Wednesday, December 3, 2014

It's On Amazon: Imprint CumulusPro Commercial Grade Series 24-Inch by 36-Inch Floor Mat Review

Arguably, the most important aspect of a standing desk is not the desk itself, but what you'll be standing on.  That humble patch of real estate plays an analogous role to the office chair that can take up hundreds - or even into the thousands - of dollars from your office budget.  Standing on an unyielding surface for hours on end can be just as if not more detrimental to your health as sitting in an ill-fitting chair, so spending a little bit of money to improve your standing experience should be a matter-of-course expense.

My "standing desk" setup is merely a dresser top of suitable height paired with a LCD TV raised to a comfortable height on a wall mounted bracket system.  I lucked out in that all the components were repurposed, down to the older desktop PC that has found a new lease on life as my standing workstation.  The only piece of the puzzle that I had to purchase outright was the floor mat that I'm standing on right now, an Imprint CumulusPro.  At between $70-$100 retail, it may seem at first a little pricey for something that you'll place on the floor.  But if you've ever stood in place on a hard surface for a prolonged period of time, you'll know that a little bit of cushioning - while still providing support - can go a long way to increasing comfort.  That's where a standing mat comes in.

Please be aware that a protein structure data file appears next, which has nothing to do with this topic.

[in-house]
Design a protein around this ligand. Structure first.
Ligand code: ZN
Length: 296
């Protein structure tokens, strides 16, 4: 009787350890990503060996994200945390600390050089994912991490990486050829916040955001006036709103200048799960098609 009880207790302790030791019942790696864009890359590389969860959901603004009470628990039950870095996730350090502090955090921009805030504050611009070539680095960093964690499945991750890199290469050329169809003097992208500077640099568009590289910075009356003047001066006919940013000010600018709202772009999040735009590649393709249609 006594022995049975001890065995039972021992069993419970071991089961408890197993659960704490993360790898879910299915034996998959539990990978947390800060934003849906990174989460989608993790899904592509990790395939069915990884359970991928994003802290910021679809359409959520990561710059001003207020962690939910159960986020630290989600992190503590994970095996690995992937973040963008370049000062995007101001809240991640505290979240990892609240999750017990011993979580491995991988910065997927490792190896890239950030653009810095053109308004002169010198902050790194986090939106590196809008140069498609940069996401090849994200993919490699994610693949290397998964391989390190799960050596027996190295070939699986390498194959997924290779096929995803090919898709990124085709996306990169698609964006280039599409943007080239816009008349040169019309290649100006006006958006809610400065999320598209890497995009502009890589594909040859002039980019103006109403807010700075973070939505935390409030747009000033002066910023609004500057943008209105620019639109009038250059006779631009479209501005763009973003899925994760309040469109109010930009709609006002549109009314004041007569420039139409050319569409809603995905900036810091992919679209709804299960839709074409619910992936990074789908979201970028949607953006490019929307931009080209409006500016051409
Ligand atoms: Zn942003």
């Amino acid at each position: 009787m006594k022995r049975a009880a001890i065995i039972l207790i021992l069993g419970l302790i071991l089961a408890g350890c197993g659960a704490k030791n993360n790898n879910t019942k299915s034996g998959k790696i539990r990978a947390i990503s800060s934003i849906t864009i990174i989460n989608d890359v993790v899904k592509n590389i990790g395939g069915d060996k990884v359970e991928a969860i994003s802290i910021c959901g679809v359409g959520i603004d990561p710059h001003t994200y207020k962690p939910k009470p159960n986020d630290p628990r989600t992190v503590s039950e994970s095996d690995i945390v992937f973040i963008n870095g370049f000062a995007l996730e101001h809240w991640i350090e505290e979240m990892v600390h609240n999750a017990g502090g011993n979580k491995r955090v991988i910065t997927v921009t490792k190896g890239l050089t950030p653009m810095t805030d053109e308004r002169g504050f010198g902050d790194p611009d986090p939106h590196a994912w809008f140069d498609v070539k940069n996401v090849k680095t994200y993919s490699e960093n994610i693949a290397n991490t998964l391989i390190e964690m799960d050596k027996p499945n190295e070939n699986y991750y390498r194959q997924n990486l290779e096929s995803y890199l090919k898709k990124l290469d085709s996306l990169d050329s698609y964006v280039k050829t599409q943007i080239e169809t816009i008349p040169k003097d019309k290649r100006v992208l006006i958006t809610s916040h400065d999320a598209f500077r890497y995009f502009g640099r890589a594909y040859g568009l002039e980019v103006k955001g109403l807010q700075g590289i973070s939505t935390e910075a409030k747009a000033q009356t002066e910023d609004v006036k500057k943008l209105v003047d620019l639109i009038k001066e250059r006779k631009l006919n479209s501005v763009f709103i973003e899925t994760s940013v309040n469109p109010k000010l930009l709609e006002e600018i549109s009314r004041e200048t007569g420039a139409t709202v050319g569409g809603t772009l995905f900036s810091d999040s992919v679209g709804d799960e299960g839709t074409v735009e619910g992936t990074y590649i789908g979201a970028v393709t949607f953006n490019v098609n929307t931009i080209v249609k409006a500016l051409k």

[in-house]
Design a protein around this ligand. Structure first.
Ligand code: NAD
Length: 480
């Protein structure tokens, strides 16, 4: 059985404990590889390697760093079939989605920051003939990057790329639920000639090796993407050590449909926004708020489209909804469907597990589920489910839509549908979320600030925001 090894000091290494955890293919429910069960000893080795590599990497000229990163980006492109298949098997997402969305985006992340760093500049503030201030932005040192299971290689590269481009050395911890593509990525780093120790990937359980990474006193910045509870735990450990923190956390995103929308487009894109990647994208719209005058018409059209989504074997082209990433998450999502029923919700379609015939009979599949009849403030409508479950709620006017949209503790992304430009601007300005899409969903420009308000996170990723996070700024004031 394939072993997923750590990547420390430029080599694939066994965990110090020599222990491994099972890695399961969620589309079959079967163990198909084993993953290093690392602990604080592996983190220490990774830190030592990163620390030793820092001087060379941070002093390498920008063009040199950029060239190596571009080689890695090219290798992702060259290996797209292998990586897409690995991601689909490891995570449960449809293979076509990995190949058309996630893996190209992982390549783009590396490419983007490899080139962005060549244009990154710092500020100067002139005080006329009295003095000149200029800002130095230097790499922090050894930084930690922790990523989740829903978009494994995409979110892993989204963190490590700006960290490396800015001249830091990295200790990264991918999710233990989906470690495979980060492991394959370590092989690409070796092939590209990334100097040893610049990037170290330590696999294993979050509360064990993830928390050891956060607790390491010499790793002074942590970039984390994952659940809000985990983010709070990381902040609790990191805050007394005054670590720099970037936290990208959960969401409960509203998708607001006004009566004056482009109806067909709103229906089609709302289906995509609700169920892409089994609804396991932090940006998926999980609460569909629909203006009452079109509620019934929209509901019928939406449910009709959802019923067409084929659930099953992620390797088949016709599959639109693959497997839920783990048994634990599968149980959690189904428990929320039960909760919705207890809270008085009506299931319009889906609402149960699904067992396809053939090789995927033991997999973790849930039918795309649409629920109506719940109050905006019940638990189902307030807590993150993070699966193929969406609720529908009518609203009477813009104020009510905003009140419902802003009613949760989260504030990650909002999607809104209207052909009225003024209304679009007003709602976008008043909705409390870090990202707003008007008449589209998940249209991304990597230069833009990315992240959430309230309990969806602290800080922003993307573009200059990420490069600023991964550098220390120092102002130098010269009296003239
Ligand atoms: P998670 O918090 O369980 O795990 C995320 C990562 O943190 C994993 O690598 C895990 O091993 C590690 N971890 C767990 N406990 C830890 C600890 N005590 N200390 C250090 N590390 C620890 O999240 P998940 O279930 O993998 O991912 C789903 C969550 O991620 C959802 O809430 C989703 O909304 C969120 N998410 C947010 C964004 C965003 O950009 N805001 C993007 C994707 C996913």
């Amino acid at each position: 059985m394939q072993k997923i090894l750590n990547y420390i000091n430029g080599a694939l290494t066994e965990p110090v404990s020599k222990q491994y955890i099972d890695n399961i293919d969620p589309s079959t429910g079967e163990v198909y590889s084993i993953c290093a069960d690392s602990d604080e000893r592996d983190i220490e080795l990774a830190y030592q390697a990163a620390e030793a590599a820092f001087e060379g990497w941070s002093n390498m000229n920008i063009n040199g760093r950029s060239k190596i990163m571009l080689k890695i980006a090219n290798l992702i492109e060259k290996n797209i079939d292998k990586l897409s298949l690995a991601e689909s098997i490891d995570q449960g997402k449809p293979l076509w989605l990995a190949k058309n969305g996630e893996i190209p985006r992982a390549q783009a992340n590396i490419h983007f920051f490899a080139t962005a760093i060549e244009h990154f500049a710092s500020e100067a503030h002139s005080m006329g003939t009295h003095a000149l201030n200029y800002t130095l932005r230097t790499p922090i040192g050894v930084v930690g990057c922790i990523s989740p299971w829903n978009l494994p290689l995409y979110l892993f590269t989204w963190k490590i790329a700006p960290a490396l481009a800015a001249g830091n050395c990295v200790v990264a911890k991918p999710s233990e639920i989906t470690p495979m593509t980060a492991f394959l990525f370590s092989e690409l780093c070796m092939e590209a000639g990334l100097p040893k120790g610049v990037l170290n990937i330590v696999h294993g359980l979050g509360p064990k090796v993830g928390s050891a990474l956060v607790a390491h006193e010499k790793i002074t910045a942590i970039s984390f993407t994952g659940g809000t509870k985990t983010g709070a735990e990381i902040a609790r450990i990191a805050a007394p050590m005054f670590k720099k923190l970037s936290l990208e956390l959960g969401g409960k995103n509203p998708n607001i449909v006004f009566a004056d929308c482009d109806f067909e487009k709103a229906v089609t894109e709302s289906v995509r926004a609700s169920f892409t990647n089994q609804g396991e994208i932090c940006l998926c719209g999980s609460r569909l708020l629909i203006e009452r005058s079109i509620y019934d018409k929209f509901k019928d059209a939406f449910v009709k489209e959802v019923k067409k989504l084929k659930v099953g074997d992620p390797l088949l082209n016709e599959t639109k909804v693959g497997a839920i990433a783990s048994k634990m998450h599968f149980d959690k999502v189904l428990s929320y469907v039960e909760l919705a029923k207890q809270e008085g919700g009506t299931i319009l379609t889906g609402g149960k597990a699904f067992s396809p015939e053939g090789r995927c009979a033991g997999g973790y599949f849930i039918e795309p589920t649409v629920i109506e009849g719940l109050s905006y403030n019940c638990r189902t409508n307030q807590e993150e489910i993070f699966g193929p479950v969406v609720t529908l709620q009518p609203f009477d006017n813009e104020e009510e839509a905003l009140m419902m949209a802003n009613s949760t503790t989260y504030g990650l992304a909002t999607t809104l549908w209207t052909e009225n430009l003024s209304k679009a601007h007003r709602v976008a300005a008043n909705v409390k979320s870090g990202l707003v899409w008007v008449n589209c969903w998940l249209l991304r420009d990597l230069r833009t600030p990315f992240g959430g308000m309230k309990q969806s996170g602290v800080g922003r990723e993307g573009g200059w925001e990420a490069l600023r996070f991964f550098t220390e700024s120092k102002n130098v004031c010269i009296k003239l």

Image courtesy

The 24-inch by 36-inch version of the Imprint CumulusPro is made in Korea, which distinguishes it from the smaller 20-inch by 30-inch version, which is made in China.  I don't discriminate between countries of origin without cause, and in this case some that cause comes in the form of some user reports on the Wirecutter desk mat review page that indicate that some of the smaller CumulusPros exhibited a strong odor due to improper curing.  As a result, even though my floor space would have been perfectly served by 20"x30", I opted for the more expensive (and slightly oversized for my purposes) 24"x36" size from the original Korean manufacturer.

The CumulusPro feels firm and supportive when stood on, yet there is enough give beneath your heels and arches to keep your feet from getting fatigued or achy.  I use it barefoot, and find it far less taxing on my feet than the hardwood floor beneath it.  Whereas my feet would start to feel fatigued after 1-2 hours of standing work, I can easily go for extended 3-4 hour work sessions without feeling the need to get off my feet.

If you're considering a standing desk setup, a good floor mat is probably the second-most important element (with the first being the height and position of your monitor, keyboard, and mouse).  It seems hard to do any better in that department than the Imprint CumulusPro.

Wednesday, November 19, 2014

Service Review: Get in on Deals and Rare Finds on Massdrop